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Residents hope the time has finally come for new path to Mt. Tabor Park

Wednesday, January 8th, 2014
A committee formed by neighborhood residents wants the City to (finally) fund a new path that would connect neighborhoods south of Division to Mt. Tabor Park.
(Graphic: Committee to Improve Access to Mt Tabor Park)

Southeast Portland's Mt. Tabor Park is one of the most popular open spaces in the entire region — especially for the neighborhoods that border its 190 acres of wooded groves, view points, trails, roads, and picnic areas. Multiple park entrances offer easy access from the north, west, and east; but residents south of the park aren't so lucky. Now there's an effort to change that. (more...)

Popular trail at Mt. Tabor Park now signed "No Bikes" - UPDATED

Thursday, August 23rd, 2012

Trail use conflicts continue to plague one of Portland's most popular urban sanctuaries: Mt. Tabor Park. For many years, the several miles of narrow singletrack trails looping around the park have been known as a fun place to ride a mountain bike. But, given the park's urban setting and natural beauty, the crowded trails are also known as a place where user conflicts are common.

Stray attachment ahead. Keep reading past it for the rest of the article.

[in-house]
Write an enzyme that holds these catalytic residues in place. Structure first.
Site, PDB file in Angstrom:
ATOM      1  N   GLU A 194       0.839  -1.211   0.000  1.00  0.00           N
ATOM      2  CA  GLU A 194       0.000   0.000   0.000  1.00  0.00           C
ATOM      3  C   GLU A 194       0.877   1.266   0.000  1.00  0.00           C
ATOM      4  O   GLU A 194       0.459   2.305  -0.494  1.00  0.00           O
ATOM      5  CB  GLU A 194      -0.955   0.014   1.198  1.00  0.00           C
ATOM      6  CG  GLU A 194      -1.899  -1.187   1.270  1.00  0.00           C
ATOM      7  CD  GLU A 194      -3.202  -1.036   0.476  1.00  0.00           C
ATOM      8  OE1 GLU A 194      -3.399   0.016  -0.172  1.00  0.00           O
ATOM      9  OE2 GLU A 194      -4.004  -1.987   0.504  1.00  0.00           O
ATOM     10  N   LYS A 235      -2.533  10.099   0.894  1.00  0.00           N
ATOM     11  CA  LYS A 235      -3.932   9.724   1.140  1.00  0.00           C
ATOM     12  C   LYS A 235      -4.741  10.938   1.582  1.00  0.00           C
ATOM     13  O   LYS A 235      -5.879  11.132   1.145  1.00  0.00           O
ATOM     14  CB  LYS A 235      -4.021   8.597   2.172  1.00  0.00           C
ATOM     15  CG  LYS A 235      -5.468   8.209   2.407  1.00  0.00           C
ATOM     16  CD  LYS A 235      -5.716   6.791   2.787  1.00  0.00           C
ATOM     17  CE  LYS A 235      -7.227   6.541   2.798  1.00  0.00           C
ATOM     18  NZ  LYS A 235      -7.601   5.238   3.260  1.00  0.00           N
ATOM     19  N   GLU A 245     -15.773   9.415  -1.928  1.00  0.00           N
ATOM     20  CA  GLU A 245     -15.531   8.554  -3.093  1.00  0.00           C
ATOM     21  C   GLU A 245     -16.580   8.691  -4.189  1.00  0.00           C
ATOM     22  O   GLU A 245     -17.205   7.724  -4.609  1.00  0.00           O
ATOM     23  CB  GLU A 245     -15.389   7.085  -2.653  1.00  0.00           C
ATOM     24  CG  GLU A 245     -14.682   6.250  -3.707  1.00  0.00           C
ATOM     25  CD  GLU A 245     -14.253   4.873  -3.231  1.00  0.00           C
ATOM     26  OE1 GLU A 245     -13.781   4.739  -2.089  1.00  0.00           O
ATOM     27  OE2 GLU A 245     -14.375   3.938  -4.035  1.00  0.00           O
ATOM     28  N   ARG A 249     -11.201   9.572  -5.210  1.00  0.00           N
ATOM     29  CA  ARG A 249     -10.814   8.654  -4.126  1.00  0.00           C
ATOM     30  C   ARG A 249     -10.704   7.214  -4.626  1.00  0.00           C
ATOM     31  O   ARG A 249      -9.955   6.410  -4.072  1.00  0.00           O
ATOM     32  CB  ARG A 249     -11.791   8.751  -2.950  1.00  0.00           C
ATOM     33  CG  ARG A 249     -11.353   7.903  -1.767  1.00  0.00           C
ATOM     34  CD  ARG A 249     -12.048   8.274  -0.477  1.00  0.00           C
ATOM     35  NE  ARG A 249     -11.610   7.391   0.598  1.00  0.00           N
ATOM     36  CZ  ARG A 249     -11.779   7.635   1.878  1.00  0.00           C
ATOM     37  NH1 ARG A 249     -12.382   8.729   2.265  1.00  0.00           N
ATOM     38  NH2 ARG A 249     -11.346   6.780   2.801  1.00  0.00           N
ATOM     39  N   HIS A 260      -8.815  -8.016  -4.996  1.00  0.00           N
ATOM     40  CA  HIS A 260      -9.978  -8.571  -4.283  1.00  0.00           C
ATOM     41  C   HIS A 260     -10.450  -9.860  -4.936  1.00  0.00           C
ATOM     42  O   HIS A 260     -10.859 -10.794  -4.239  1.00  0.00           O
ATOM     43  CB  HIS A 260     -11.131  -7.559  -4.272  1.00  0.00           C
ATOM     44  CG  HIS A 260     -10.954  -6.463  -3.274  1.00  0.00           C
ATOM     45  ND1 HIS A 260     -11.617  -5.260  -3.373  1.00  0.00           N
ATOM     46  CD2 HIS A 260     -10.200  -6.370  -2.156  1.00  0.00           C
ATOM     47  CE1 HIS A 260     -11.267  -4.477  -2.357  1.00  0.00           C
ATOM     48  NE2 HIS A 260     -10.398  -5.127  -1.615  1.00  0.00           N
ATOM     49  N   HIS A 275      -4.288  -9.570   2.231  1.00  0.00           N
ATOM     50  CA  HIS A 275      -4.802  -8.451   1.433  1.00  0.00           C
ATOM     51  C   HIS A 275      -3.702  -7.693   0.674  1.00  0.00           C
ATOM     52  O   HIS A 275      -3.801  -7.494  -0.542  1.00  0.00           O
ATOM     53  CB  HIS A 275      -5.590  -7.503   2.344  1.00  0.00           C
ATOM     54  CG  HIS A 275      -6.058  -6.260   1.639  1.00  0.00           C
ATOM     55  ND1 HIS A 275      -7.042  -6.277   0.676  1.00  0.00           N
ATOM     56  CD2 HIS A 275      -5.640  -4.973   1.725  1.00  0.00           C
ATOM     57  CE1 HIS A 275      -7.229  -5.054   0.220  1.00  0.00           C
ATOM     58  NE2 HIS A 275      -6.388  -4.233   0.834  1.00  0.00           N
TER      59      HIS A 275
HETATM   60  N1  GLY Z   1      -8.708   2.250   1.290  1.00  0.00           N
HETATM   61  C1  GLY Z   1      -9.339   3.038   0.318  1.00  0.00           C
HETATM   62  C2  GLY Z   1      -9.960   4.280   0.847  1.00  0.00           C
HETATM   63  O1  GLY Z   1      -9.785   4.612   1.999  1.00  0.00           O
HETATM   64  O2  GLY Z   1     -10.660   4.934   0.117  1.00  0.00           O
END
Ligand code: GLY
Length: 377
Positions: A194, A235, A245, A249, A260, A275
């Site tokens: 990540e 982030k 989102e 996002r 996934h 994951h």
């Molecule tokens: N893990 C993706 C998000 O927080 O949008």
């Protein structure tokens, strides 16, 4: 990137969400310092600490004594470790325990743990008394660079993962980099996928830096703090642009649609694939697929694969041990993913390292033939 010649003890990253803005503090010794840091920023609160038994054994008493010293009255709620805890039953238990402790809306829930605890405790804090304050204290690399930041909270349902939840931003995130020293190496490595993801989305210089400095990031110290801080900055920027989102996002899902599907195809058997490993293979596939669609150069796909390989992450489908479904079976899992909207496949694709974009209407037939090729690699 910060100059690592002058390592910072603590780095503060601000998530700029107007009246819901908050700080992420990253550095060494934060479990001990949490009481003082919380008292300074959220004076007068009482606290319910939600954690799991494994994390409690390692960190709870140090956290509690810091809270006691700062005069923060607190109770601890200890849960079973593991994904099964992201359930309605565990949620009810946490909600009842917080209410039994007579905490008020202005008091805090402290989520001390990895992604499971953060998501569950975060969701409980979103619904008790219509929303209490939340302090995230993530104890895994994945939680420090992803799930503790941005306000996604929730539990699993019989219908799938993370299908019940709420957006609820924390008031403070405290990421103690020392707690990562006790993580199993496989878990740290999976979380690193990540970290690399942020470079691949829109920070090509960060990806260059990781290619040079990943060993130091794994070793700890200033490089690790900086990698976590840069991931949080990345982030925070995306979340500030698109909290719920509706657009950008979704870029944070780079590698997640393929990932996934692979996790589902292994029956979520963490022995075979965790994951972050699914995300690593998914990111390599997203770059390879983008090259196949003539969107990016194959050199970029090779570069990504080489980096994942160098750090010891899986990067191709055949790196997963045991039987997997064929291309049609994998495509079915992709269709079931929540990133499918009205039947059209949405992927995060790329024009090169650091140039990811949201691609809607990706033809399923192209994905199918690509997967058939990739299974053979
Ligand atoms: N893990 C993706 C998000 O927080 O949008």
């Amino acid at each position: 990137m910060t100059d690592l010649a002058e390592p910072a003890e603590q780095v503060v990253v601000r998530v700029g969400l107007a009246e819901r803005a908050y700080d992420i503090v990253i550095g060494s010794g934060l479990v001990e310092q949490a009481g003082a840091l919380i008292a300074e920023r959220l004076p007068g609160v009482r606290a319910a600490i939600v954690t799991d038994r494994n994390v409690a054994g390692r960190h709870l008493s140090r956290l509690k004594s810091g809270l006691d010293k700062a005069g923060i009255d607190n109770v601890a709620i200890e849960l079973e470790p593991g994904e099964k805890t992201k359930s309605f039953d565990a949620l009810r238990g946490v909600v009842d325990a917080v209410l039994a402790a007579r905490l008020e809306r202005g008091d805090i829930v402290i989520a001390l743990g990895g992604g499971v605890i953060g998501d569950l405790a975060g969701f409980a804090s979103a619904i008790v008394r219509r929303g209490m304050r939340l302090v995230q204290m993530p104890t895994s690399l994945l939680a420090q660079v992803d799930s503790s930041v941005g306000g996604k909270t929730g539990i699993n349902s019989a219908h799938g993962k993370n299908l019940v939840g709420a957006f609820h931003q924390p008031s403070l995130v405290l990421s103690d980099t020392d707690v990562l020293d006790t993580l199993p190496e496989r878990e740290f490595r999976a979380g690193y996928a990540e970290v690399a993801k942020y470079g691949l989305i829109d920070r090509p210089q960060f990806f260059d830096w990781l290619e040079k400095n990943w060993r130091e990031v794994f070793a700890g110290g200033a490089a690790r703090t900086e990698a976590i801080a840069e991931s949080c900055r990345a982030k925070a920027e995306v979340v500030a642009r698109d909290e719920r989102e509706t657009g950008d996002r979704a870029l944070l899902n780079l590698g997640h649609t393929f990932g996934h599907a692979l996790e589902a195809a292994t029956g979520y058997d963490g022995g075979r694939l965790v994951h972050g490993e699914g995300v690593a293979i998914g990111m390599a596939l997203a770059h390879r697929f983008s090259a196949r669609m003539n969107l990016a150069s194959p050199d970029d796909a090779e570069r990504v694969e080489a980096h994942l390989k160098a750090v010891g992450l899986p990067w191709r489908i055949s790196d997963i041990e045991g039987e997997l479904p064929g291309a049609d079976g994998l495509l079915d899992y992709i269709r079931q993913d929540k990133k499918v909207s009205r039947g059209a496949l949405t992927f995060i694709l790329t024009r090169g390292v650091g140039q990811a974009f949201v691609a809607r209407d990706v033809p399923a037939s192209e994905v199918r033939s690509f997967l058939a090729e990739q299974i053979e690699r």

Last year I reported that complaints about trail conflicts between people walking and biking, led to the installation of a new "No Bicycles Please" sign on the Green Trail. The Green Trail is a 1.7 mile loop and is one of three trail loops that circumnavigates the park. Earlier this week a reader contacted me saying that several more signs had recently gone up.
(more...)

New signs clarify "No Bicycles Please" on Mt. Tabor trail

Wednesday, June 8th, 2011
A new sign greets visitors to the
Green Trail in Mt. Tabor Park.
(Photo: Harrison Fishback)

About a week ago, new signs appeared on a popular dirt trail in Mt. Tabor Park that read, "No Bicycles Please."

The new signs are on what's known as the 'Green Trail' in the northern section of the park. The trail connects via Salmon Street and goes around the playground and amphitheater.

We heard about the signs from readers and we were also pointed to a thread in the MTBR.com forums about the issue. In a city like Portland, where singletrack is rare, any narrow dirt trails accessible to bikes are coveted. On the MTBR forums there was disappointment at the signs and confusion over whether or not they were legitimate.

Turns out they are. (more...)

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